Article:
Environmental club fosters inclusivity

Joey Waldinger, Assistant News Editor

A group on campus is aiming to make environmental studies more inclusive.

The People of Color Environmental Collective is a community offering support to students and faculty of color across campus, said senior Kunal Palawat, one of the collective’s founders.

“The role right now is to help people of color survive in the environmental field,” Palawat said.

When Nancy Mathews, dean of the Rubenstein School, attended a meeting around the time of the NoNames for Justice protests, she was struck by the collective’s positivity, she said.

“The day I visited, we talked about what season of the year made us happiest,” Mathews said. “That was a big signal to me, that the students there are trying hard to find a space where they can just be themselves.”

Mathews, as well as other deans and entities on campus, are willing to financially support the collective, she said.

However, it is important that the group remains student led, Mathews said.

“Once it becomes conflated with power … that will squash some of their creativity. And I want students to feel empowered,” Mathews said.

Now, to ensure the continuation of their collective, Palawat and other founders are looking to make the group an official organization in the environmental program, he said.

“What the club has to figure out in the next few weeks is how to make this club sustainable and how to make it resilient to students leaving every three, four, five years,” Palawat said.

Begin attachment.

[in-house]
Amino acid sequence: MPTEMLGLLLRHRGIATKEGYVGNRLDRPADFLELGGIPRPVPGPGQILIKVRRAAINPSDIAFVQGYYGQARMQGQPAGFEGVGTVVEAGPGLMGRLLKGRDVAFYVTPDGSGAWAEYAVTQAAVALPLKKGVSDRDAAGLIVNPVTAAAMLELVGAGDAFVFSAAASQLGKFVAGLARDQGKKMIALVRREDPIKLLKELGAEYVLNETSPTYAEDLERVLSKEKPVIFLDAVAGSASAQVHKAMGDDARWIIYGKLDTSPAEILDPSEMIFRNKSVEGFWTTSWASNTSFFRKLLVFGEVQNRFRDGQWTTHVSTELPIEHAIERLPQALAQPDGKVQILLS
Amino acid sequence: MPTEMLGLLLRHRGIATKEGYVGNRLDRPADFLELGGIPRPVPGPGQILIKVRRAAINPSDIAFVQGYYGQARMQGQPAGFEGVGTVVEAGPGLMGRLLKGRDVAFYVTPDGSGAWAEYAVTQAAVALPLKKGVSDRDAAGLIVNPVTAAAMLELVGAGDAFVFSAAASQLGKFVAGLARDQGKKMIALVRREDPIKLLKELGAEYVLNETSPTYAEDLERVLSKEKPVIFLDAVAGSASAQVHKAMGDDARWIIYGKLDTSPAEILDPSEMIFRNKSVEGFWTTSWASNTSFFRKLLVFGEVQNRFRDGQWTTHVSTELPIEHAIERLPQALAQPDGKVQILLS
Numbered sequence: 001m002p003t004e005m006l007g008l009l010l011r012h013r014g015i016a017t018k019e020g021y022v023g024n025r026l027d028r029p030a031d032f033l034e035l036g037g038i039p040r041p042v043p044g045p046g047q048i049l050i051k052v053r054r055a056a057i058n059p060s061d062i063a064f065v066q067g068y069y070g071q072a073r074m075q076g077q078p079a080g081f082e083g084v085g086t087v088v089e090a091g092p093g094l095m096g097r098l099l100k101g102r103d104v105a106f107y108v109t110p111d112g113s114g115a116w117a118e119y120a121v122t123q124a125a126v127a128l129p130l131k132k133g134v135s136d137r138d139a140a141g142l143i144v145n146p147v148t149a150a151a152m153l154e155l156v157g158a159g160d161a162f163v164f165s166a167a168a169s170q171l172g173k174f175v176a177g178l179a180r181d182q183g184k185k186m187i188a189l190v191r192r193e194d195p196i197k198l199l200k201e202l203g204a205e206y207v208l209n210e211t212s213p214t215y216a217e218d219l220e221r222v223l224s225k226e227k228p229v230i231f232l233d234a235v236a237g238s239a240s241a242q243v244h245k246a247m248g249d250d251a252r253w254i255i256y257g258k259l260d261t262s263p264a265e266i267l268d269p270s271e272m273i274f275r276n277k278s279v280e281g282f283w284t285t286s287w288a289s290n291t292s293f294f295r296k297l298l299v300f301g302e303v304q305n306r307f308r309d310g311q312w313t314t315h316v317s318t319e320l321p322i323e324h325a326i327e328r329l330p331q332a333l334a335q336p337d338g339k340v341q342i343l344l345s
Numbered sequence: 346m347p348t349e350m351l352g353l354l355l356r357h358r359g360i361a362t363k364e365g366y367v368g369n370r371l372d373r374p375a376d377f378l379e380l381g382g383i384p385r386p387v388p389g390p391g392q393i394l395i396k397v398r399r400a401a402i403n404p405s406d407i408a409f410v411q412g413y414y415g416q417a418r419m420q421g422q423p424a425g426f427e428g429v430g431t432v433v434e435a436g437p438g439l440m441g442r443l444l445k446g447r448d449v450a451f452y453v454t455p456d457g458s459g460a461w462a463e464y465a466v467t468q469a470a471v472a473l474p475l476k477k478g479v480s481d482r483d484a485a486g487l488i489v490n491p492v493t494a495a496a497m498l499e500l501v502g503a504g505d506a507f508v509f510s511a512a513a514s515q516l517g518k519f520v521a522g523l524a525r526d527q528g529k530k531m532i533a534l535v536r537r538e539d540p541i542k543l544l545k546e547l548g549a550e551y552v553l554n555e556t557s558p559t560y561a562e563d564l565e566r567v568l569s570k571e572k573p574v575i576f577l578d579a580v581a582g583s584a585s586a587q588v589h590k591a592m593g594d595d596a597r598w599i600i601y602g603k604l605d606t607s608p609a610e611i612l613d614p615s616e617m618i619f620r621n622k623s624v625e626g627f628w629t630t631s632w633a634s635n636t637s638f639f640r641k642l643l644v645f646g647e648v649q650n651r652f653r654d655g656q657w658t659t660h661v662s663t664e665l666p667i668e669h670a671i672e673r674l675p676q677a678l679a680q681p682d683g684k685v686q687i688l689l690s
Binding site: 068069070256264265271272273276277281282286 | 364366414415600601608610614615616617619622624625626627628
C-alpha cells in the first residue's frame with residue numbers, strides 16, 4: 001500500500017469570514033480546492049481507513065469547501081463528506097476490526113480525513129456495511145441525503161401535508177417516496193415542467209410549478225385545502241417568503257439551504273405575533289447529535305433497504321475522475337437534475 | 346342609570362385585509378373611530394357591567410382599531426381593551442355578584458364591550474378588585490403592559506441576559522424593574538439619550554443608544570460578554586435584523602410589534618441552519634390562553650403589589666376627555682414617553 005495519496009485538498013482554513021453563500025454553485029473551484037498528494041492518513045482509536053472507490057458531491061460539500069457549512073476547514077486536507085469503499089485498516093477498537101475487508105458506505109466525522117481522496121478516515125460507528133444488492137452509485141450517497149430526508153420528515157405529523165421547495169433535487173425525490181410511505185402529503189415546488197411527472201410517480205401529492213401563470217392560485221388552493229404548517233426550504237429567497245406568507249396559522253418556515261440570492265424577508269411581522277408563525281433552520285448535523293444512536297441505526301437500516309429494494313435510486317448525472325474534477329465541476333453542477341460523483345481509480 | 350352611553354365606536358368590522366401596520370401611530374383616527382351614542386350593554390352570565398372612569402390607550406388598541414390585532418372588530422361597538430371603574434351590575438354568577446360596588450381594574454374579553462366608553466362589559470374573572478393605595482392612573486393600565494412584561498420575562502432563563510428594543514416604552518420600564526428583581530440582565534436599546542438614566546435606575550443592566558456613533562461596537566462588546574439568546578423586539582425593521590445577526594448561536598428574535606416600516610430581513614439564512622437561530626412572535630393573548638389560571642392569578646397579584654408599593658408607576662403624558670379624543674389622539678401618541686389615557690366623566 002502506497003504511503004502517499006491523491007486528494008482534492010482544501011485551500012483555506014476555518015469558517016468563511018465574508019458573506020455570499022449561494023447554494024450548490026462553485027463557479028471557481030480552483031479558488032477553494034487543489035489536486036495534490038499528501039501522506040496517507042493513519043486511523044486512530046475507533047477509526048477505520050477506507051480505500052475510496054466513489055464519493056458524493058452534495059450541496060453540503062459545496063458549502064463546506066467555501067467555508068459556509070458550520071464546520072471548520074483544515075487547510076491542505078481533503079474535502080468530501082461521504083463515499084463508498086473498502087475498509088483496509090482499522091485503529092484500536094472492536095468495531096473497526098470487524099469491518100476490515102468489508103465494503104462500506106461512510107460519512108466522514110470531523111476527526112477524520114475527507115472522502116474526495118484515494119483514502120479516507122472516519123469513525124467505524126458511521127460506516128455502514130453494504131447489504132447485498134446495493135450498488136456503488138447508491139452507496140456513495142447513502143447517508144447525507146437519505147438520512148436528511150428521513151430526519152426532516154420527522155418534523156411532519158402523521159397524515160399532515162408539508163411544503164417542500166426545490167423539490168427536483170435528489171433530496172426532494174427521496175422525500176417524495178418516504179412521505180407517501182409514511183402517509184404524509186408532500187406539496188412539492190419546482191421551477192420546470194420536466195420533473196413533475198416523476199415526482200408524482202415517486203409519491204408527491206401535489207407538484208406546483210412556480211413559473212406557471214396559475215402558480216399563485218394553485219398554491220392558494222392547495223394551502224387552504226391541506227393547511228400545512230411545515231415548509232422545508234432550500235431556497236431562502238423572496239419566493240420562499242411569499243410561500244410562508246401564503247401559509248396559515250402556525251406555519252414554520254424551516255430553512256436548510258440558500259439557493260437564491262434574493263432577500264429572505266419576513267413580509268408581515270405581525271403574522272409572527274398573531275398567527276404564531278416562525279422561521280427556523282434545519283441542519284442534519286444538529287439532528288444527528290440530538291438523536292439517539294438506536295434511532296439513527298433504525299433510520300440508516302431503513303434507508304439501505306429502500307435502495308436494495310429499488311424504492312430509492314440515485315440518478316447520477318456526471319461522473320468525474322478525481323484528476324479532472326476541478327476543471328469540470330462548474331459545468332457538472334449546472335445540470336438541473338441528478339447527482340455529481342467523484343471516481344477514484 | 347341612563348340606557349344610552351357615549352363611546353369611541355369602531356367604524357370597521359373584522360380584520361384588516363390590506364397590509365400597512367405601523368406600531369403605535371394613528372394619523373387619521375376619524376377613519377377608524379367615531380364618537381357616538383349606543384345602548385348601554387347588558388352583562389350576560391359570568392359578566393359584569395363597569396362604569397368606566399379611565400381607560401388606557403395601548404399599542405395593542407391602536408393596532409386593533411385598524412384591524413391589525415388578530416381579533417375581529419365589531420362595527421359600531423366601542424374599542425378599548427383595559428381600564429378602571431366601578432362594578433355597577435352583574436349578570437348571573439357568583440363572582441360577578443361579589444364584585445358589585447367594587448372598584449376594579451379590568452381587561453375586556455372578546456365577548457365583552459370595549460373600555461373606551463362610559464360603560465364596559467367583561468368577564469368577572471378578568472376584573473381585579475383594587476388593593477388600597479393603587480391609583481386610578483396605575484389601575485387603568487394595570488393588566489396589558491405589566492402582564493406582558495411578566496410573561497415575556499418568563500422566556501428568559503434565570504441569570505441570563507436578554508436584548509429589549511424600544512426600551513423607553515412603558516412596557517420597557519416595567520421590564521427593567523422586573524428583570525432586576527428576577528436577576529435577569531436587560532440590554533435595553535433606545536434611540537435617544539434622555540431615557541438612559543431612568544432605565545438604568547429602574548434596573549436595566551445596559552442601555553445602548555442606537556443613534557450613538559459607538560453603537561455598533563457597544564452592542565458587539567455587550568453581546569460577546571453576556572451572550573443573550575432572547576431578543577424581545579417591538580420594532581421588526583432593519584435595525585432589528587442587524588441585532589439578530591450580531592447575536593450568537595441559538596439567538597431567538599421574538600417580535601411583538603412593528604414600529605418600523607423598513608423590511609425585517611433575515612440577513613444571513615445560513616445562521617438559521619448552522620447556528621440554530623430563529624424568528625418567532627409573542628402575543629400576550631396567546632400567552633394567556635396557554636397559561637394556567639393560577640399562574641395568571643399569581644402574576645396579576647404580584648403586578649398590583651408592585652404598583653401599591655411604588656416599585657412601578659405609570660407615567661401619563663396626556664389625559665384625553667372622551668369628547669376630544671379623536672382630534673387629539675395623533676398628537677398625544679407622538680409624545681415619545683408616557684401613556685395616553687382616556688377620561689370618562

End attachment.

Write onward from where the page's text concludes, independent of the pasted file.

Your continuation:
Becoming an official organization will give the collective a greater reach across campus, as well as steady access to funding, Palawat said.

Though the club would have a place on campus in any political climate, it is especially needed in light of the racism and white supremacy prevalent at UVM, including in environmental studies and sciences, Palawat said.

“Recognizing each other’s faces was hard, let alone getting together,” Palawat said.

Senior Jennifer Gil, another founder of the club, was invigorated by the time spent with peers who shared her same interest in the intersection of racism and the environment, she said.

“I’ve definitely seen a change in just my overall energy this semester. It’s very recharging to be around,” Gil said.

Seeing the value of the collective, Gil intends to push it further, she said.

“I want it to do bigger things … like field trips and hosting events and really supporting students and bringing students and faculty together,” Gil said.